The Girls of Lake Evelyn by Averil Kenny

Reviewed by Wendy Lipke

I enjoyed reading Averil Kenny’s first novel, Those Hamilton Sisters, but I think I enjoyed The Girls of Lake Evelyn even more.  While her first novel was more about exclusion where the three girls were shunned by the town, her second was about how a newcomer to an area was readily included when she was ready. Once again Kenny has positioned her story in North Queensland. This latest one is set on the Atherton Tableland, featuring one of the volcanic crater lakes of the area.

The character, around whom the story revolves, is Vivienne George, a Sydney socialite who all her life had been ‘reprimanded against scene-making, impropriety and social downfall’ (5) by her domineering mother. On the night before her marriage to a man she did not love, Vivienne puts half a continent and a guarded mountain pass between herself, and the life mapped out for her by her mother. To do this she is helped by her resourceful uncle.

What follows is her role in breaking a curse which has hung over the small town of Barrington Downs near Lake Evelyn. On her arrival at a lodge in the rainforest she does not realise the connection that exists between her and the legend that the towns folk had all played a part in propagating after a disappearance and several drownings in the lake fourteen years ago.

I found the characters in this story to be thoroughly believable and diverse, from the short energetic convivial Josie to the shy reserved Laura, the thoughtful, caring Owen, Josie’s brother, and those hiding sinister motives. The varying personalities within the storyline helped generate a tension which kept the reader’s focus. Josie’s loud and loving family contrasted greatly with Vivienne’s earlier life with a single self-absorbed society mother. It was interesting to see how Josie, Vivienne and the intimidated Laura developed a strong sisterhood which would allow Vivienne and Laura to burst free of their tight bud existence and unfurl to bloom into their full potential and allow Josie to follow her life’s dream.

Manipulation plays a big part in this novel. As well as the situation with Vivienne’s mother, there is the feisty octogenarian, Josie’s Grandy Beryl, ‘the unsinkable matriarch of Barrington’ (380) who seemed to reign over the whole town and its doings. She is really the one behind Josie’s plan to write a play and have her theatre group perform what happened all those years ago, in an attempt to break the town curse. There is sexual manipulation to various degrees which comes to light as the story progresses and also the curse of the lake which colours the thoughts and actions of the community.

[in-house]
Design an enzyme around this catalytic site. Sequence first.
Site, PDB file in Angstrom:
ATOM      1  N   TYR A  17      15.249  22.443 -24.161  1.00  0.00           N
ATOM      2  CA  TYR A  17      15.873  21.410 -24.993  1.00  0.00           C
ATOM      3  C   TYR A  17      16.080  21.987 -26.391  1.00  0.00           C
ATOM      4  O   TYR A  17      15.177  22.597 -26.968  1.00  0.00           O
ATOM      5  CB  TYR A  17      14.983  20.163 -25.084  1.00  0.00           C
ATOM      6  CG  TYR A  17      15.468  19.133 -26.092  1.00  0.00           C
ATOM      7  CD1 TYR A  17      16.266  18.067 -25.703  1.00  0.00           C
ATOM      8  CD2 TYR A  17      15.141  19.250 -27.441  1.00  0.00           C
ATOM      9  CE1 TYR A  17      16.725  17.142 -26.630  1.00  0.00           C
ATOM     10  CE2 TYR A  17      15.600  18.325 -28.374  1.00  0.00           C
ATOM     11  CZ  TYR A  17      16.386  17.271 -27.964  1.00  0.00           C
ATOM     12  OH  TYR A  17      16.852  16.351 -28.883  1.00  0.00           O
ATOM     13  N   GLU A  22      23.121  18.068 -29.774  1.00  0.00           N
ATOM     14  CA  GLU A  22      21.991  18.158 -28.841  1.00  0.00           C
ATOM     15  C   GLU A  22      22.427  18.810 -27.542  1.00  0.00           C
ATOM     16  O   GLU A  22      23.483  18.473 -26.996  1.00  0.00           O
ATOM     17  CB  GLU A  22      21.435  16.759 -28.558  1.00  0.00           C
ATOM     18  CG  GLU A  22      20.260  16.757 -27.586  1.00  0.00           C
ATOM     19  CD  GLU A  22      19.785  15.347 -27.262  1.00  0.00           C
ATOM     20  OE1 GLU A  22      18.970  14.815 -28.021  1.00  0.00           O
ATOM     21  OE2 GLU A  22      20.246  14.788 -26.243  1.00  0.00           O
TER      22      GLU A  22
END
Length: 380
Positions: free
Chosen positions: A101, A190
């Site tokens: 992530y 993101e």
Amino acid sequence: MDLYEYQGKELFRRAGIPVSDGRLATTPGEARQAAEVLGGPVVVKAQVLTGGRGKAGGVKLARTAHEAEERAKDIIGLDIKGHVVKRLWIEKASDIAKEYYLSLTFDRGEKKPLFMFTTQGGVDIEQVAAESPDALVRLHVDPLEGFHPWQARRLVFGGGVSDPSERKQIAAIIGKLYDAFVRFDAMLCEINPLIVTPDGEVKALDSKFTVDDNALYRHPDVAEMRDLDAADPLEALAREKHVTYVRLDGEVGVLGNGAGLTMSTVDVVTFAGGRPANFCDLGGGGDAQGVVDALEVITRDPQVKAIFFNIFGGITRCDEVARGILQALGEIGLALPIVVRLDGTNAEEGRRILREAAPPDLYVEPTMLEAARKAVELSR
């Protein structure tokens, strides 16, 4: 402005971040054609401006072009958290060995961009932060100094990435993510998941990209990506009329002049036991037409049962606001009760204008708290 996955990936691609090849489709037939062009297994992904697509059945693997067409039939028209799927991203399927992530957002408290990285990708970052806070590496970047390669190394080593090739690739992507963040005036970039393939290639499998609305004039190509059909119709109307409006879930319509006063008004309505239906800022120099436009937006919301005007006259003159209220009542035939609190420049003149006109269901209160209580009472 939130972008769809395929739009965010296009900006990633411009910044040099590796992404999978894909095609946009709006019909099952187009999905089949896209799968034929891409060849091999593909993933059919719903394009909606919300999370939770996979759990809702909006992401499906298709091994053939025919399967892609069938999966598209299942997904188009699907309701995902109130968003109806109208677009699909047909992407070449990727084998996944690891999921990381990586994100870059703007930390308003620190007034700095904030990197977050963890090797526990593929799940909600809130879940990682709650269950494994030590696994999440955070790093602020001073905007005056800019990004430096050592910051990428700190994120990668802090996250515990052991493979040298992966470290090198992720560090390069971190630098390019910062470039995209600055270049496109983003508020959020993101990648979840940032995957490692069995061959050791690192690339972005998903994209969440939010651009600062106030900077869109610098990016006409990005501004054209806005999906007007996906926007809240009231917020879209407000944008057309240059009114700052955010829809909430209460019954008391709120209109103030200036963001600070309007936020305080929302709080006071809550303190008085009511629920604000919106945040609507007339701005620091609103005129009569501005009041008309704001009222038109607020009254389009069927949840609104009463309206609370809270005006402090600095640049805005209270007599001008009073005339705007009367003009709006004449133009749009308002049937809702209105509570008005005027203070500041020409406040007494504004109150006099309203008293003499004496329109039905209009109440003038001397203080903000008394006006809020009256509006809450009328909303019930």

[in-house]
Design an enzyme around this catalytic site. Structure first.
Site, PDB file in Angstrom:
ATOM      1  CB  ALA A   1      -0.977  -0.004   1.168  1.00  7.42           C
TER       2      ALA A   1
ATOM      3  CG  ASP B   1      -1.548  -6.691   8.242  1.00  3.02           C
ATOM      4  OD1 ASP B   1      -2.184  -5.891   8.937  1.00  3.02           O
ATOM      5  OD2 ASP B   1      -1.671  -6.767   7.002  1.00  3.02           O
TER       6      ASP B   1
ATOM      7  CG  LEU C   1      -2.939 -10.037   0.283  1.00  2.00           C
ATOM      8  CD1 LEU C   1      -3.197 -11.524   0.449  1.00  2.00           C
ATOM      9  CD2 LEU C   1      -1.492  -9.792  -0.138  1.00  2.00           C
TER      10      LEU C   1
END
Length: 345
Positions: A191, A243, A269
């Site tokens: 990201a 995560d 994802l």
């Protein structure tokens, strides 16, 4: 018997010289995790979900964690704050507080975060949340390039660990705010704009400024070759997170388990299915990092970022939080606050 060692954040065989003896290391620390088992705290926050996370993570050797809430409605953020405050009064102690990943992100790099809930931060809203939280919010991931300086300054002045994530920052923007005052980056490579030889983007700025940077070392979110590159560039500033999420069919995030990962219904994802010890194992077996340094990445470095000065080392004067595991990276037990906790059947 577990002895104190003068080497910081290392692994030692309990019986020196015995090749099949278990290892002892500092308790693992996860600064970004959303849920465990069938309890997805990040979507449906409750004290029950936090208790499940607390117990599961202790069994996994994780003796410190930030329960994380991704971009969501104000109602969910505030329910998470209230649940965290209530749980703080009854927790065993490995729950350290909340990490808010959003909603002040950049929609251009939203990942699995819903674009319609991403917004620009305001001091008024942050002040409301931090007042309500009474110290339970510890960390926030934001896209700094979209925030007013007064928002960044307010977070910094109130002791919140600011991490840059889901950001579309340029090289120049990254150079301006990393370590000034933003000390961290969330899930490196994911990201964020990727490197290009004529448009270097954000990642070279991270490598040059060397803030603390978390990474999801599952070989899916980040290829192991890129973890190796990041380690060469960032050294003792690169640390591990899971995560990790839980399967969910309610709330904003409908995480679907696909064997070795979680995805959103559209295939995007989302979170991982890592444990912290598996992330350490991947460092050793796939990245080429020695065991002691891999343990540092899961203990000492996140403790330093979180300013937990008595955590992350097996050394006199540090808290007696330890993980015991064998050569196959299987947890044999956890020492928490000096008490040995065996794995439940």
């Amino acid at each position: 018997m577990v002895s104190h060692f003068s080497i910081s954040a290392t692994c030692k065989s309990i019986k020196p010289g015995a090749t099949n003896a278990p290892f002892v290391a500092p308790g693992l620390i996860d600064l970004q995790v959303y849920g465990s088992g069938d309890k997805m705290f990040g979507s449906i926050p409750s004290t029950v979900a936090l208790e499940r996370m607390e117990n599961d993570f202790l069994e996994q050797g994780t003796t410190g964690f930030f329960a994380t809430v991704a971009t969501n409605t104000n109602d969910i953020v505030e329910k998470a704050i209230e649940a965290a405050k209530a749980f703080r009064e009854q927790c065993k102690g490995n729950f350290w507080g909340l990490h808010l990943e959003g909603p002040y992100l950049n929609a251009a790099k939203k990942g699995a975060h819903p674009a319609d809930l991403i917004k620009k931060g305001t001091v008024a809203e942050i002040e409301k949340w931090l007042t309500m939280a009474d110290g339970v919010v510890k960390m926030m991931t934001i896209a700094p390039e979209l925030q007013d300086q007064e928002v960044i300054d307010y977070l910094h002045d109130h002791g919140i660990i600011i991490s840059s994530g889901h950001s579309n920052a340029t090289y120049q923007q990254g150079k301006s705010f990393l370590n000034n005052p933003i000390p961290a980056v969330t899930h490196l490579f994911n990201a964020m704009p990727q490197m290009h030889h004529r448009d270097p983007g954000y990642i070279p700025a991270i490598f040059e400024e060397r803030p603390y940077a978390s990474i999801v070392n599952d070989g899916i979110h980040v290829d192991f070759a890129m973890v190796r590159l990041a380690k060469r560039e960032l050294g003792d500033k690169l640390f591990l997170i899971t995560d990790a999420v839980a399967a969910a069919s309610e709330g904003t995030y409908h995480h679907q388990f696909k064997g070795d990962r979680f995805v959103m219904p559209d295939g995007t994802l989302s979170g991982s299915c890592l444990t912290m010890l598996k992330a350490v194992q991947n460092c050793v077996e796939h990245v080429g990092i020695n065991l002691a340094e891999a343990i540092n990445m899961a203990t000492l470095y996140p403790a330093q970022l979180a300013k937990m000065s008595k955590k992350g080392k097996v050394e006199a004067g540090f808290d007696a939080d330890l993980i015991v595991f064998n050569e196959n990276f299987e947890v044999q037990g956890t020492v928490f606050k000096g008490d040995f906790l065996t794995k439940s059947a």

Yet there is also a much lighter side to this tale, with the three girls finding fulfillment and love. There is the magic of the theatre production, its location and its revelations leaving the audience enraptured, disbelieving and relieved that the curse is at last broken. Now was the time for second chances. The author’s delivery of her story affected the emotions of the reader with its various ups and downs and unexpected revelations. More surprises were still to come.

The narrative also contained beautiful descriptions of the natural environment. I felt I was there, with Vivienne as she saw for the first time the mating dance of the bird of paradise, a ‘Phantom of the Opera, shrunk to doll-sized’ (280). I felt her fear when she first experienced the ‘strident night calls and understorey scurries; the distant lumbering passage of a nocturnal mammal (23) and the turning of the doorknob when she was alone in the lodge surrounded by the black of the rainforest.

Averil Kenny can touch the emotions of the reader with her words. She also loves to throw in some vocabulary which the average reader may not have experienced before. It may have been her way of writing, but I believe there are a few editing inconsistencies which detract from an otherwise beautiful, polished story. (See pages 71, 362, 375)

I thoroughly enjoyed getting to know the main characters in this book and seeing them develop as time went by. I liked reading about this fictitious little north Queensland town and its full cast of characters. I look forward to reading more work by this Australian author.

The Girls of Lake Evelyn

by Averil Kenny


Echo Publishing


$32.99; 420pp

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